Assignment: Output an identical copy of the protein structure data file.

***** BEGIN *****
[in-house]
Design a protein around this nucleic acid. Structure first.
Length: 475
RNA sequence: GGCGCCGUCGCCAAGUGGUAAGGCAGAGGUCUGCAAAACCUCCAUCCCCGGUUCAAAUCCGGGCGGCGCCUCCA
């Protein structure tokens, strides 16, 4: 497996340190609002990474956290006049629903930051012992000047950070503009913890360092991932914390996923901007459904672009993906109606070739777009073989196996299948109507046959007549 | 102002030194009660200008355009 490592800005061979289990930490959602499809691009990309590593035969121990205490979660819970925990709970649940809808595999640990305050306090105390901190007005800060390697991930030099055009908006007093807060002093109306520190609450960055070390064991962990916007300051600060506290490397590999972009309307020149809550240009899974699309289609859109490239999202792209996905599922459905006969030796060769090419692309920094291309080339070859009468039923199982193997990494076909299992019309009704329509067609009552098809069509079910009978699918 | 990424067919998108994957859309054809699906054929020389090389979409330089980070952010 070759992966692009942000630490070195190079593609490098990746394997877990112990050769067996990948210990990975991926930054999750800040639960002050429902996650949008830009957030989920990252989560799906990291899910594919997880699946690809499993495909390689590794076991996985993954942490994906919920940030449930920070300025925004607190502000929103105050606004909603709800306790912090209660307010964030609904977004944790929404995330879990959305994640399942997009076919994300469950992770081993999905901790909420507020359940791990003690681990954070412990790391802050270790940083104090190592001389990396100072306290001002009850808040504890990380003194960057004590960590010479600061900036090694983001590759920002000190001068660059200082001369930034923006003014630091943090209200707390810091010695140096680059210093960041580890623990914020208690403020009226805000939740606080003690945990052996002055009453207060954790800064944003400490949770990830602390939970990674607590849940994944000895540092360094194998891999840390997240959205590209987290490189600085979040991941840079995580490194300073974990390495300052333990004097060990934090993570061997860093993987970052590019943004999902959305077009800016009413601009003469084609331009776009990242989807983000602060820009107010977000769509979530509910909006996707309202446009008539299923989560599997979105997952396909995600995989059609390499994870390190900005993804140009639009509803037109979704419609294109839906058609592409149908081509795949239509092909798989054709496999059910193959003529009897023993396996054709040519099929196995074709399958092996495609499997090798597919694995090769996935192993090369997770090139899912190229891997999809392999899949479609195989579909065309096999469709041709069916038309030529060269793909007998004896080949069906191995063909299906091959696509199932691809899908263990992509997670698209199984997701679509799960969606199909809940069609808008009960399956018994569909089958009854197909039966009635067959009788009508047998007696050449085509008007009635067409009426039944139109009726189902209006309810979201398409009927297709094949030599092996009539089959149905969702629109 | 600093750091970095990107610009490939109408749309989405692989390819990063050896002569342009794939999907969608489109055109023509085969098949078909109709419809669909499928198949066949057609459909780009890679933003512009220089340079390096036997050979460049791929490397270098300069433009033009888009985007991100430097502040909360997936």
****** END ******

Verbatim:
[in-house]
Design a protein around this nucleic acid. Structure first.
Length: 475
RNA sequence: GGCGCCGUCGCCAAGUGGUAAGGCAGAGGUCUGCAAAACCUCCAUCCCCGGUUCAAAUCCGGGCGGCGCCUCCA
């Protein structure tokens, strides 16, 4: 497996340190609002990474956290006049629903930051012992000047950070503009913890360092991932914390996923901007459904672009993906109606070739777009073989196996299948109507046959007549 | 102002030194009660200008355009 490592800005061979289990930490959602499809691009990309590593035969121990205490979660819970925990709970649940809808595999640990305050306090105390901190007005800060390697991930030099055009908006007093807060002093109306520190609450960055070390064991962990916007300051600060506290490397590999972009309307020149809550240009899974699309289609859109490239999202792209996905599922459905006969030796060769090419692309920094291309080339070859009468039923199982193997990494076909299992019309009704329509067609009552098809069509079910009978699918 | 990424067919998108994957859309054809699906054929020389090389979409330089980070952010 070759992966692009942000630490070195190079593609490098990746394997877990112990050769067996990948210990990975991926930054999750800040639960002050429902996650949008830009957030989920990252989560799906990291899910594919997880699946690809499993495909390689590794076991996985993954942490994906919920940030449930920070300025925004607190502000929103105050606004909603709800306790912090209660307010964030609904977004944790929404995330879990959305994640399942997009076919994300469950992770081993999905901790909420507020359940791990003690681990954070412990790391802050270790940083104090190592001389990396100072306290001002009850808040504890990380003194960057004590960590010479600061900036090694983001590759920002000190001068660059200082001369930034923006003014630091943090209200707390810091010695140096680059210093960041580890623990914020208690403020009226805000939740606080003690945990052996002055009453207060954790800064944003400490949770990830602390939970990674607590849940994944000895540092360094194998891999840390997240959205590209987290490189600085979040991941840079995580490194300073974990390495300052333990004097060990934090993570061997860093993987970052590019943004999902959305077009800016009413601009003469084609331009776009990242989807983000602060820009107010977000769509979530509910909006996707309202446009008539299923989560599997979105997952396909995600995989059609390499994870390190900005993804140009639009509803037109979704419609294109839906058609592409149908081509795949239509092909798989054709496999059910193959003529009897023993396996054709040519099929196995074709399958092996495609499997090798597919694995090769996935192993090369997770090139899912190229891997999809392999899949479609195989579909065309096999469709041709069916038309030529060269793909007998004896080949069906191995063909299906091959696509199932691809899908263990992509997670698209199984997701679509799960969606199909809940069609808008009960399956018994569909089958009854197909039966009635067959009788009508047998007696050449085509008007009635067409009426039944139109009726189902209006309810979201398409009927297709094949030599092996009539089959149905969702629109 | 600093750091970095990107610009490939109408749309989405692989390819990063050896002569342009794939999907969608489109055109023509085969098949078909109709419809669909499928198949066949057609459909780009890679933003512009220089340079390096036997050979460049791929490397270098300069433009033009888009985007991100430097502040909360997936």